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Report recommends not proceeding with V8 race


NEWS RELEASE
13 May 2004

Report recommends not proceeding with V8 street race

A Wellington City Council report will recommend Councillors do not proceed with the proposal to host a V8 Supercars race in the capital in 2007.

Council officers have made the recommendation because of two issues relating to the resource consent process:
- The time required to get a resource consent
- The cost and uncertainty of the resource consent application process

Council Chief Executive Garry Poole said the process of trying to get resource consent for the Stadium Circuit could take more than 18 months – not leaving enough time to prepare for a race in 2007. Mr Poole said the costs of trying to get resource consent could be up to $1 million and there was no certainty of outcome.

“It is not the cost to the Council alone but also the unacceptable commercial uncertainties for AVESCO. Unfortunately they can’t guarantee they can wait for us exclusively.”

“It is likely that opponents of the race would have appealed any decisions all the way to the High Court. Even if we streamlined the process as much as possible – to the point of getting the Environment Court’s assistance for a fast-tracked hearing – it wouldn’t be possible to complete the process in time for a 2007 race. On top of that, we couldn’t recommend that Council commit the level of investment required with no guarantee the resource consent would’ve been granted.”

Mayor Kerry Prendergast said the recommendations highlighted issues with the Resource Management Act (RMA).

“The resource consent process has cost Wellington a huge opportunity. Our planning showed a fantastic race is possible in Wellington – except for the Resource Consent process.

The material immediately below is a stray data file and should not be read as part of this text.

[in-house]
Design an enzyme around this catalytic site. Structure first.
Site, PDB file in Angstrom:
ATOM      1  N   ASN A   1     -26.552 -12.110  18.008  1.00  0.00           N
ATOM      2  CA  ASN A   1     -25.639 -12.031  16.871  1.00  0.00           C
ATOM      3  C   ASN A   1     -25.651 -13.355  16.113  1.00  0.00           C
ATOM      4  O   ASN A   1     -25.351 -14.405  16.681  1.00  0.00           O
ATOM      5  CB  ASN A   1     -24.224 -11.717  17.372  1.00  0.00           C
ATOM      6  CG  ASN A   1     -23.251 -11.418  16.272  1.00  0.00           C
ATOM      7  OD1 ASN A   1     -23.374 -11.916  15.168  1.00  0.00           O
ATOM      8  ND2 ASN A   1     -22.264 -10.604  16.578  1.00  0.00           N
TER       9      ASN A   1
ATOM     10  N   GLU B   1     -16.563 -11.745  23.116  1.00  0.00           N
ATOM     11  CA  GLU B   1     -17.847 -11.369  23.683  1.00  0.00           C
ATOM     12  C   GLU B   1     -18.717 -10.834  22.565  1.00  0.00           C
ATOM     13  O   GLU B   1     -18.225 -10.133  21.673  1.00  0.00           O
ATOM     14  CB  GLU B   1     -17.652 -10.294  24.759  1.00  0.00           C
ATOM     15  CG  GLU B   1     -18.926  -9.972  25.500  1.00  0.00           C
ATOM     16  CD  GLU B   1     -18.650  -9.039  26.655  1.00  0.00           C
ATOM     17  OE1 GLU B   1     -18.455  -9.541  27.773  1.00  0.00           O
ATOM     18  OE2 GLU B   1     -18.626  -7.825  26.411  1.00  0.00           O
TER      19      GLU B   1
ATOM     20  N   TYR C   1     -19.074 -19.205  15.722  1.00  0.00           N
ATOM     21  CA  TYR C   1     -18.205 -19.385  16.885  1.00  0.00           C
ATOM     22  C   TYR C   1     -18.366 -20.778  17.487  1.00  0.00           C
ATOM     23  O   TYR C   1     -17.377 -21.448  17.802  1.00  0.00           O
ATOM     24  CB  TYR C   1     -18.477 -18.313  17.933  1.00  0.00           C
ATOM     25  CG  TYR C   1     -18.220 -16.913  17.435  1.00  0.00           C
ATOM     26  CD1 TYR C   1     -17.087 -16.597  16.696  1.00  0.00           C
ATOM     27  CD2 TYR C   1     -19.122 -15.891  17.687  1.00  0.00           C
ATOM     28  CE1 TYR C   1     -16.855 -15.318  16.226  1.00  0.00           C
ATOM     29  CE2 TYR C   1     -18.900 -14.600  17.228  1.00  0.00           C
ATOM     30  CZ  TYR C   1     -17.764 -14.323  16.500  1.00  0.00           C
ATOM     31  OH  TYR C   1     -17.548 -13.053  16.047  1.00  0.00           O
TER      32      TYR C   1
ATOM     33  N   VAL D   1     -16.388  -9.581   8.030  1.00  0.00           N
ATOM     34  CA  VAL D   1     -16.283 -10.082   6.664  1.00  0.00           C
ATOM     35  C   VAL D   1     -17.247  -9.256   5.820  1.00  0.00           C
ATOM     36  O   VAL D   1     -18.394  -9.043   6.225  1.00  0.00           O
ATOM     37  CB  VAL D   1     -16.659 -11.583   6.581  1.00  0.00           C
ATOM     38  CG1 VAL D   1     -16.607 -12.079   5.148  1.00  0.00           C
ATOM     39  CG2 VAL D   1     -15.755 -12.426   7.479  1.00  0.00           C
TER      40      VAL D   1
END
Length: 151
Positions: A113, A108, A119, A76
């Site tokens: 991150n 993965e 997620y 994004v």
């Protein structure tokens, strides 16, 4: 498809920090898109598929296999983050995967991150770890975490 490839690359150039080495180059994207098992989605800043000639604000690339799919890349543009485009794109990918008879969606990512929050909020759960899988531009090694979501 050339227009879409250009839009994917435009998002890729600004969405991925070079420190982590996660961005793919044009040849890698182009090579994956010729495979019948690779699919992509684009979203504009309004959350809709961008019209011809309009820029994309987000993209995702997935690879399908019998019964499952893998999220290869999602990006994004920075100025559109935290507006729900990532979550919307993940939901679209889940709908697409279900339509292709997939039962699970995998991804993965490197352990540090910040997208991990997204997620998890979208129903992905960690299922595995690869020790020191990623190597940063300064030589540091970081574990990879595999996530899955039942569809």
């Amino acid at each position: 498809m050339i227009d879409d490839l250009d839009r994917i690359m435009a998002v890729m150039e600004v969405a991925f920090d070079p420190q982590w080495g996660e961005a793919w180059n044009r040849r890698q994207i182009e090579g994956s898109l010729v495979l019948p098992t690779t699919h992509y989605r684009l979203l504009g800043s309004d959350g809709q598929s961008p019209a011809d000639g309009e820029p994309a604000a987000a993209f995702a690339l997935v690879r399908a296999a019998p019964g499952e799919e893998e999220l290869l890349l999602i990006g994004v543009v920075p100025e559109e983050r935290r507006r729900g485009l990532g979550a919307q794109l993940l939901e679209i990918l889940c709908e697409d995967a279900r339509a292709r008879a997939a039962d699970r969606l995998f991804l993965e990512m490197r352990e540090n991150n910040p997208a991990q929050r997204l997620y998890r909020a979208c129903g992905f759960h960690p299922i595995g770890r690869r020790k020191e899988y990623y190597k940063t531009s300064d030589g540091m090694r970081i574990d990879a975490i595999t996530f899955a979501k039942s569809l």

“Generating $22.9 million of new spend, the V8 street race would have been the largest annual event in New Zealand. To create an event of similar size would take a huge amount of time and investment. The International Festival of the Arts took 15 years to reach a similar level of economic benefit,” said Ms Prendergast.

“This Council is committed to the RMA. But something must be done to change it in order to recognise regional and national interests. The resource consent application process is weighted in favour of minority interests. A review of the RMA is now under way and as part of that, local authorities need to work together to get the act changed.”

“If we don’t, we’ll get a reputation as a ‘can’t-do country’”.

Ms Prendergast said that the V8 Supercars event was a nationally significant economic event that New Zealand risked losing.

“And despite the likelihood of us not pursuing the race, we will do everything we can to help AVESCO and the promoters keep the race in New Zealand. This has national repercussions for New Zealand hosting international events in the future,” she said.

Ms Prendergast and Mr Poole have offered to meet with the AVESCO board and explain the reasons for the report’s recommendations, and to help them work through the implications of the resource consent process for the future of V8 Supercars in New Zealand.

The Council was to have met at an extraordinary council meeting on Tuesday 17 May to vote on the V8 proposal. That meeting has now been moved to Wednesday 25 May.

ENDS

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